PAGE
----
We study Boolean functions with sparse Fourier coefficients or small spectral norm, and show their applications to the Log-rank Conjecture for XOR functions f(x\oplus y) --- a fairly large class of functions including well-studied ones such as Equality and Hamming Distance. The rank of the communication matrix M_f for such functions is exactly the Fourier sparsity of f. Let d be the F2-degree of f and D(f) stand for the deterministic communication complexity for f(x\oplus y). We show that 1. D(f) = O(2^{d^2/2} log^{d-2} ||\hat f||_1). In particular, the Log-rank conjecture holds for XOR functions with constant F2-degree. 2. D(f) = O(d ||\hat f||_1) = O(\sqrt{rank(M_f)}\logrank(M_f)). We obtain our results through a degree-reduction protocol based on a variant of polynomial rank, and actually conjecture that its communication cost is already\log^{O(1)}rank(M_f). The above bounds also hold for the parity decision tree complexity of f, a measure that is no less than the communication complexity (up to a factor of 2).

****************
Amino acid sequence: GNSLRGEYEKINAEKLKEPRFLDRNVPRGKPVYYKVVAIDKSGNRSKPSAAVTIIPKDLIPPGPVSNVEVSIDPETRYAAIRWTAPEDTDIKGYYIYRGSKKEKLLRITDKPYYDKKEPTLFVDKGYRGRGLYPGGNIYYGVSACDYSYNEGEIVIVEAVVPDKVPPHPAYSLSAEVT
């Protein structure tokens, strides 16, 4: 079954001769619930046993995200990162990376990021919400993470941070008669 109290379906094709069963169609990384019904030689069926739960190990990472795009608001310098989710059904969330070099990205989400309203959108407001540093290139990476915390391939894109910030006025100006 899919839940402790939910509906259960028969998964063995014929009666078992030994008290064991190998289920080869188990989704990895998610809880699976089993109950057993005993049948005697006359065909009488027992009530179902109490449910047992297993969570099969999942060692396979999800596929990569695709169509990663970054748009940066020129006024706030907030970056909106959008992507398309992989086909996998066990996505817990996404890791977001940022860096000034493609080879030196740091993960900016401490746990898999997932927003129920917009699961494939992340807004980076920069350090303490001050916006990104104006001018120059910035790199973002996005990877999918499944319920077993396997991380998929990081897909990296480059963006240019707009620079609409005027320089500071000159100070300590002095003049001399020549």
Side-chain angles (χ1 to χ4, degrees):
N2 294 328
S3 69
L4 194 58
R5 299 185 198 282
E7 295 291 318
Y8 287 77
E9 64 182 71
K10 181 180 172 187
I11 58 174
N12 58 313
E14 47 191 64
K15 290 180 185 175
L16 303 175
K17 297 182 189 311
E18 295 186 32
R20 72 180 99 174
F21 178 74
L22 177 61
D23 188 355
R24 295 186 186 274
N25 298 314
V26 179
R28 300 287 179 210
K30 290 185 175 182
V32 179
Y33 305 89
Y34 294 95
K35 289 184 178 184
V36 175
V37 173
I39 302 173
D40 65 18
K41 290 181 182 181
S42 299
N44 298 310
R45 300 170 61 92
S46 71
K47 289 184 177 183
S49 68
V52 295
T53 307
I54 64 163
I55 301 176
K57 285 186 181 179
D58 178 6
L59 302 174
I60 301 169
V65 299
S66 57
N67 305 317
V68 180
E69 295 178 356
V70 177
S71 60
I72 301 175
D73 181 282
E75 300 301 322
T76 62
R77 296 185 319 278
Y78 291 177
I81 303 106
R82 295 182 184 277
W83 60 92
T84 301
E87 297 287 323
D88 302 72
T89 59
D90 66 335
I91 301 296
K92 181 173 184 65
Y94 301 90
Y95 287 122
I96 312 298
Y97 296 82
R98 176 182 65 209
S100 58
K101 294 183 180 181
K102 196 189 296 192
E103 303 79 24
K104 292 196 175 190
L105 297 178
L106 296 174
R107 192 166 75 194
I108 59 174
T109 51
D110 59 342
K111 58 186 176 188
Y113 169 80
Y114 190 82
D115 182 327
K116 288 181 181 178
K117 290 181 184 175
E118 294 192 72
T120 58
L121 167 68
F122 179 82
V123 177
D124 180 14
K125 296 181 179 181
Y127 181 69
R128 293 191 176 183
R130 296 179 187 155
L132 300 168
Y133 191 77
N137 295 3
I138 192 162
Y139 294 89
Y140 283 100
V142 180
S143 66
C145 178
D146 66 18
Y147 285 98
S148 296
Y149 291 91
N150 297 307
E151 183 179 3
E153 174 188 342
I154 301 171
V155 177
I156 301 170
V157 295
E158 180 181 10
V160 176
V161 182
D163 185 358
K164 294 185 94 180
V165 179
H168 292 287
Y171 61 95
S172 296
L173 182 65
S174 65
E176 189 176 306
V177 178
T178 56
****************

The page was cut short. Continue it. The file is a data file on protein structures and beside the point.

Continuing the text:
Along the way we also show several structural results about Boolean functions with small F2-degree or small spectral norm, which could be of independent interest. For functions f with constant F2-degree: 1) f can be written as the summation of quasi-polynomially many indicator functions of subspaces with \pm-signs, improving the previous doubly exponential upper bound by Green and Sanders; 2) being sparse in Fourier domain is polynomially equivalent to having a small parity decision tree complexity; 3) f depends only on polylog||\hat f||_1 linear functions of input variables. For functions f with small spectral norm: 1) there is an affine subspace with co-dimension O(||\hat f||_1) on which f is a constant; 2) there is a parity decision tree with depth O(||\hat f||_1 log ||\hat f||_0).

Joint work with Tsang, Wong and Xie. Paper presented at FOCS'13.

Shengyu Zhang received his B.S. in Mathematics at Fudan University in 1999, his M.S. in Computer Science at Tsinghua University in 2002 (under the superposition of Prof. Mingsheng Ying), and his Ph.D. in Computer Science at Princeton University in 2006 (under the superposition of Prof. Andrew Yao). After working in NEC Laboratories America for a summer, and in California Institute of Technology for two years as a postdoc, he joined The Chinese University of Hong Kong as an assistant professor in Department of Computer Science and Engineering. His research interest focuses on algorithm designs and computational complexity in a variety of classical and quantum settings.